• 20% methanol     + 80% pH=2.75 acetic acid and water
  • 40% methanol     + 60% pH=2.75 acetic acid and water.

Use the same stock solution of ubiquitin to prepare 1 mL of 10-6 M ubiquitin by diluting the ubiquitin in each of the solutions.

Using the Mass Spectrometer  

(For a 2013 update go to

The instrument you are using is a Varian 325-MS with a Primeline LC Pump (instrument picture below is not the MS-325-TQ).

100_0434.JPG  100_0435.JPG


                                      Figure 4: Mass Spectrometer in Chem 115. The ESI needle in the middle image.

First, make sure that the solvent reservoirs are sufficiently filled with HPLC grade solvent.  Open System Control, if it is not already open, by clicking on the top and most left icon (Figure 5) on the tool bar at the top of the monitor.  This opens up the Quad View (Figure 6).  Make sure you are using view III (Figure 7) so that the proper quadrants are viewable.  Make sure the correct method is loaded.  This software should look familiar because it is similar to that used for the HPLC experiment.  The desired method for running the ubiquitin samples is '115 50-50 posneg 4 min'.  It is a 4 minute method. Changing methods is done by activating the desired method under the file tab of System Control.





Click Turn Spray On in the Quad view (Figure 9 ) to turn on the gases and heaters. Once the temperature reaches 75% of the set value (275-300ºC) activate the pumps under the Windows tab under System Control, click on 212.24, then "Activate." The spray icon now has a red stream coming from it (Figure 10), and the pump lights have turned green.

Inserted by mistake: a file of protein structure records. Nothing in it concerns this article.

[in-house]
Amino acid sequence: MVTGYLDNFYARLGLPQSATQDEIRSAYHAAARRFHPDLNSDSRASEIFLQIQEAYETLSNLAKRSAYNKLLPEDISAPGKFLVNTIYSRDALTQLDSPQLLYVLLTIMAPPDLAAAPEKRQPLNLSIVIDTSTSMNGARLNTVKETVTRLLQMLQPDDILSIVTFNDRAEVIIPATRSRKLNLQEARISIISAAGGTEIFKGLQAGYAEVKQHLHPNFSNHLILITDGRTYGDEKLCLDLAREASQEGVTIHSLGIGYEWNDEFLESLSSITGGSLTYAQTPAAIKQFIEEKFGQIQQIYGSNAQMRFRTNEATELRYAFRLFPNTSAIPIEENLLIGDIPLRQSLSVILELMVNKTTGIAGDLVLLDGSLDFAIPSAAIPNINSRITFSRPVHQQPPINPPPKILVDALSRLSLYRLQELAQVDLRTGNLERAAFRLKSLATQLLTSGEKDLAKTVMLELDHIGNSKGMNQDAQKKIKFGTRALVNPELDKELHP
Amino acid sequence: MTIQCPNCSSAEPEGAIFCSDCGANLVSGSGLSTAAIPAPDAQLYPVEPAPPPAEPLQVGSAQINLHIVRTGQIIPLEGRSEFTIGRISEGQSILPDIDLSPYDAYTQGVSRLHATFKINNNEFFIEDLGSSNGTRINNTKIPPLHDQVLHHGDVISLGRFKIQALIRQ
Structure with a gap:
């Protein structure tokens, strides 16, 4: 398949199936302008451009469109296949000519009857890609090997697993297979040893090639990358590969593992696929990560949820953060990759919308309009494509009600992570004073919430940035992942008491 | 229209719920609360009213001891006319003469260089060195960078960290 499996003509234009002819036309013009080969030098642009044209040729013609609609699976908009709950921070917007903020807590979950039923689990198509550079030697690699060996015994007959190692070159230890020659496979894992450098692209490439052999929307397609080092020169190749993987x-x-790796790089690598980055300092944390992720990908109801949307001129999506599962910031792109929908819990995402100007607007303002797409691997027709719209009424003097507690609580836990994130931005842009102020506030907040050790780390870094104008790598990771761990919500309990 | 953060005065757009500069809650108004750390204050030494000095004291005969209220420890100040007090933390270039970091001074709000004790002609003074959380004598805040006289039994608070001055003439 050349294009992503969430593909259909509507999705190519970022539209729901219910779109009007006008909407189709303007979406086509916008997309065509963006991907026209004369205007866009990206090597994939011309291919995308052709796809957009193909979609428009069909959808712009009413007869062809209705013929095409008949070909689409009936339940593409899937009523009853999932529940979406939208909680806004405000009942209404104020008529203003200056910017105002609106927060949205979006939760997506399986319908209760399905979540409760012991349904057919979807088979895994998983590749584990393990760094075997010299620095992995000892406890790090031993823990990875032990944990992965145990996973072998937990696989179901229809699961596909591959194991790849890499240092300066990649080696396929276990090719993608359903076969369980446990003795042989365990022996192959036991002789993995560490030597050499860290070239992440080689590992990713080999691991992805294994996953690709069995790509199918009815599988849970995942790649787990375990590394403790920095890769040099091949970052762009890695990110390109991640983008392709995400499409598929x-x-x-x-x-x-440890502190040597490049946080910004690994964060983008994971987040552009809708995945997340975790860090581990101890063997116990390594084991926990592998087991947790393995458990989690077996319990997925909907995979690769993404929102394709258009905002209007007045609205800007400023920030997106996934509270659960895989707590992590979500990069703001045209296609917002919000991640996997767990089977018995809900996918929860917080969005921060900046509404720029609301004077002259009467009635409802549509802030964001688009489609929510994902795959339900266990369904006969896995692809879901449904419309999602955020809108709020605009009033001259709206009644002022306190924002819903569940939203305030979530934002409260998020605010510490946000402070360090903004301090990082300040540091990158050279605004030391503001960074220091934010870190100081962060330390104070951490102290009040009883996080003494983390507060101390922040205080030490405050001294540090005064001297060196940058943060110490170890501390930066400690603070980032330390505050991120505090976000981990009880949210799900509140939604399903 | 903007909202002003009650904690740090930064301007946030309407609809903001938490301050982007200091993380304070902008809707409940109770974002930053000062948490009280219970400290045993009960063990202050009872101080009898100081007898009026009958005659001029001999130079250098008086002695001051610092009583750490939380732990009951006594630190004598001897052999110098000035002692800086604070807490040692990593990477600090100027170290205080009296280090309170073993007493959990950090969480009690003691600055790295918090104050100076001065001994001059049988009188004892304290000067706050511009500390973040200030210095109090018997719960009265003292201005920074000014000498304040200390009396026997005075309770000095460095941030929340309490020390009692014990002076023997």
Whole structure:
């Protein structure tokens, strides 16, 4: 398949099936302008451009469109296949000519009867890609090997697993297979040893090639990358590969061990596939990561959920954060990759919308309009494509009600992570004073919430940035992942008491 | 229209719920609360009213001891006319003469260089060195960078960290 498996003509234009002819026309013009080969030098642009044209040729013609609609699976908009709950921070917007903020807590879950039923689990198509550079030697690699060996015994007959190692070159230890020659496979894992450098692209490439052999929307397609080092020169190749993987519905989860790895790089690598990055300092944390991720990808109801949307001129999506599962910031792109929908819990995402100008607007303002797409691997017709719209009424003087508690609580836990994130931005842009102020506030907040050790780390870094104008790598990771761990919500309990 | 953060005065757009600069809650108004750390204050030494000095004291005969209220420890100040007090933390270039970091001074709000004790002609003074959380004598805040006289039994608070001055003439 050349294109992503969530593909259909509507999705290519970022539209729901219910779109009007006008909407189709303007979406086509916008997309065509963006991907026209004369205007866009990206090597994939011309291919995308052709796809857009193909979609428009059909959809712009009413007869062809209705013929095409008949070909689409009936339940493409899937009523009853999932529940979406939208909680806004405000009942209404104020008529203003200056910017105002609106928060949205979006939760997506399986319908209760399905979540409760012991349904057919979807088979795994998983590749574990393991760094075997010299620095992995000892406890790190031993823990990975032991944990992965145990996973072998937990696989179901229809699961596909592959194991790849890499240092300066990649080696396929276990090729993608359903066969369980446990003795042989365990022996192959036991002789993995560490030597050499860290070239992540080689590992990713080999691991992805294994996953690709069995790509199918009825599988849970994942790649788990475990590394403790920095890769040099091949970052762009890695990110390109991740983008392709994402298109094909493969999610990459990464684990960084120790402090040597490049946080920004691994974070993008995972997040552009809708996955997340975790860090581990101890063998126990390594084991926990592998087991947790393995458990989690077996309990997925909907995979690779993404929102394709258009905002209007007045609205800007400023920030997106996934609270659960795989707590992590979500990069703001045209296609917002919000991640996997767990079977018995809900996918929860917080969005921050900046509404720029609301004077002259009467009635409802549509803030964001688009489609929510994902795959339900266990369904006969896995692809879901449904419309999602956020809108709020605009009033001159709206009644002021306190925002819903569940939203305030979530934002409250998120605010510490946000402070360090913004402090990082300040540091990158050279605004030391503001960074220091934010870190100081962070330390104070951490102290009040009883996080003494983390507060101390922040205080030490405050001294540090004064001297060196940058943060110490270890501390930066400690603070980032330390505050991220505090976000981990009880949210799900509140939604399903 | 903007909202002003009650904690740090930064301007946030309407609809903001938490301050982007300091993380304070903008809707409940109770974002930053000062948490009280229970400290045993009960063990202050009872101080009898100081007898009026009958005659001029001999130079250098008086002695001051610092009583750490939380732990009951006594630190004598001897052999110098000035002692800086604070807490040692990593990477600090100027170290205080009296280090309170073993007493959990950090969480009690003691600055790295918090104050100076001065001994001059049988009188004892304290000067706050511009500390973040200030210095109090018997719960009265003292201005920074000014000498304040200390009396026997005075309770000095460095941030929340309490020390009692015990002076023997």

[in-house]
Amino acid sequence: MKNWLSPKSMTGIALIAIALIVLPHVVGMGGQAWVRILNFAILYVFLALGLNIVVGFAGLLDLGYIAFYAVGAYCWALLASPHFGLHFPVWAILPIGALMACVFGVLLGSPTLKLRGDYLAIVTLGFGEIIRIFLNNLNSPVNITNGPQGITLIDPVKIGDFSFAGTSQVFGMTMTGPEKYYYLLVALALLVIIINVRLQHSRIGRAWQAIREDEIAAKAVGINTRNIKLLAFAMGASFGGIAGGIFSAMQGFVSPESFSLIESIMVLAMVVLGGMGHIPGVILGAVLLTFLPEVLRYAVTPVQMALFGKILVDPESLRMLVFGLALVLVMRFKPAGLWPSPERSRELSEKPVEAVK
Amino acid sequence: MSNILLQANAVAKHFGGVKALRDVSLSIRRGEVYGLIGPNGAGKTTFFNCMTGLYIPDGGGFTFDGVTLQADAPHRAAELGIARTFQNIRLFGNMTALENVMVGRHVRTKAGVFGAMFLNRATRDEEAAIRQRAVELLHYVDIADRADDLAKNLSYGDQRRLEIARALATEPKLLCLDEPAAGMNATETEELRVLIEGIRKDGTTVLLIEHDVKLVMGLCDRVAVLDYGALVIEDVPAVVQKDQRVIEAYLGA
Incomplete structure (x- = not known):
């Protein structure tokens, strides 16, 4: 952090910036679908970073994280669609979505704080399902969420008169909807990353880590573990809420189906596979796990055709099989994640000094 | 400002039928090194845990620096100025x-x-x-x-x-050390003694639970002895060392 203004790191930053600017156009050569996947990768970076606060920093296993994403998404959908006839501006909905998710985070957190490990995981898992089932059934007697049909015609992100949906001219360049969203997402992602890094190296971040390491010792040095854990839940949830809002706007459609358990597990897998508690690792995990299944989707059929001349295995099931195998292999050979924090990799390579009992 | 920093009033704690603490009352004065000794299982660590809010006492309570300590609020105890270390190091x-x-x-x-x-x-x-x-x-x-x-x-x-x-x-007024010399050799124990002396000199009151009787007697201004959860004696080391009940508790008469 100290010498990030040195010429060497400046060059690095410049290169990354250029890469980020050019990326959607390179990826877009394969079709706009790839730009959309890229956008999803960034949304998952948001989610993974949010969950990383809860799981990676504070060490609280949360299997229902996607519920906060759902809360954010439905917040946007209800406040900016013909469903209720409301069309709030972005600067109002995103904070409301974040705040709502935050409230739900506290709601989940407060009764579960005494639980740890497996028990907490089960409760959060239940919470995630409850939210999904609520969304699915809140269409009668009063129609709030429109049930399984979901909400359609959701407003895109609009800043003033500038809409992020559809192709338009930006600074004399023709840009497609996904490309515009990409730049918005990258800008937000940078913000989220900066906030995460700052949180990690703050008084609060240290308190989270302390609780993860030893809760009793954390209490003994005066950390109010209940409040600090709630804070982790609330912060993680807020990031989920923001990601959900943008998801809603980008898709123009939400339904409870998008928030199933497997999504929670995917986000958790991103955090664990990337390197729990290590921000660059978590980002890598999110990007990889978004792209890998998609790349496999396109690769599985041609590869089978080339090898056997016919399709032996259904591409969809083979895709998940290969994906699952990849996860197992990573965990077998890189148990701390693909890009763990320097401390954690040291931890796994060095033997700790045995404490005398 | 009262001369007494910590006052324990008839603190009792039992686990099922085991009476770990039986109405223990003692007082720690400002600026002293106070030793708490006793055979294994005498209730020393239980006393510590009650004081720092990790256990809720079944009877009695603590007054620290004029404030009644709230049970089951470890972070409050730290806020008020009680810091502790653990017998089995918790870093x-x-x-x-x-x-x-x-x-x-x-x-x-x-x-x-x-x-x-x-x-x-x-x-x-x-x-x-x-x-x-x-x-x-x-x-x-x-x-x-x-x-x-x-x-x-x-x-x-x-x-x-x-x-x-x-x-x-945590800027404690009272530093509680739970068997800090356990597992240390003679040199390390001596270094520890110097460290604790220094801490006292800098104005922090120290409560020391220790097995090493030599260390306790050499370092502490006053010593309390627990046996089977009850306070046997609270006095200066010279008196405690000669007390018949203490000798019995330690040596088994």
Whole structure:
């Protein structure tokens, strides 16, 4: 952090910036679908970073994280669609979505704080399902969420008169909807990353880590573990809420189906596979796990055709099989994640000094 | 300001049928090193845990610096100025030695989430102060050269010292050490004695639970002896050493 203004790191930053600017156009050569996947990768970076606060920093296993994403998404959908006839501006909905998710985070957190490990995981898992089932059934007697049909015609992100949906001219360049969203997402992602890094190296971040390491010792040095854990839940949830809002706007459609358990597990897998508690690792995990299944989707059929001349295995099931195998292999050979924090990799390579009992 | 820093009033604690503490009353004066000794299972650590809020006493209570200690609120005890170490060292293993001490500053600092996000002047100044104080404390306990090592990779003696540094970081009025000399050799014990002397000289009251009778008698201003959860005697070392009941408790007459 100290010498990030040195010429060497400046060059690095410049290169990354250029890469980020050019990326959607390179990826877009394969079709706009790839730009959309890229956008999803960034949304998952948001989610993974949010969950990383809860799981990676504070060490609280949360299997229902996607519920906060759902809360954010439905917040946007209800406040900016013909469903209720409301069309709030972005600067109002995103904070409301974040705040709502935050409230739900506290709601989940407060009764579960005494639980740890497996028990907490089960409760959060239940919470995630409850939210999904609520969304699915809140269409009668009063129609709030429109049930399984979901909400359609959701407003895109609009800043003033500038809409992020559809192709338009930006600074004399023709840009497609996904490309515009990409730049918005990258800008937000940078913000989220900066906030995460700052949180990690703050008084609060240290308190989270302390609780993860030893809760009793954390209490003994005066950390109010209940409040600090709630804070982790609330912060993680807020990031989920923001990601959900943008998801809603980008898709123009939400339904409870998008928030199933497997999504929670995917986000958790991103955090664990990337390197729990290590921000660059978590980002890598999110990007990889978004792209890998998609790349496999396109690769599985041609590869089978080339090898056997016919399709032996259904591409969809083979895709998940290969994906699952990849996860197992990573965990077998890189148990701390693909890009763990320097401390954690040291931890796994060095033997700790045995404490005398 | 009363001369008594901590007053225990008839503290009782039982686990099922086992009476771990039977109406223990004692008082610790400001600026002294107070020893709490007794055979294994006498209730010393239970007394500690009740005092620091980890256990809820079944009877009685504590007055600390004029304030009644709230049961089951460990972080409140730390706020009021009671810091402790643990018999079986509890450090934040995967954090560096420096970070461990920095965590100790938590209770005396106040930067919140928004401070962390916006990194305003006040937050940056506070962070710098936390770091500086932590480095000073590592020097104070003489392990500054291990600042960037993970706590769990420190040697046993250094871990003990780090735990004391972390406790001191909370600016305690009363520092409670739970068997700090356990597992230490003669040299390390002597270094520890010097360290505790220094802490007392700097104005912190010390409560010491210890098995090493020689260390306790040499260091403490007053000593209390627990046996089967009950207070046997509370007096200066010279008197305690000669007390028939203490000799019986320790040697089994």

A few minutes is required for the temperature to stabilize, flush out the sample loop during this time. Add ~10 μL of water into the sample loop in the INJECT position, twice. When you are ready to load your sample, make sure the valve is in the LOAD position. Dilute the first sample (pH 7) 10x to check concentration, and inject around 10.  Then, under the Windows tab in System Control, click on the Sample List, click Data Files, and change the sample name.  Once the API and 325 indicate they are ready (Figure 11), it is time to turn on the analyzer.  The button turns green when it has been activated (Figure 12).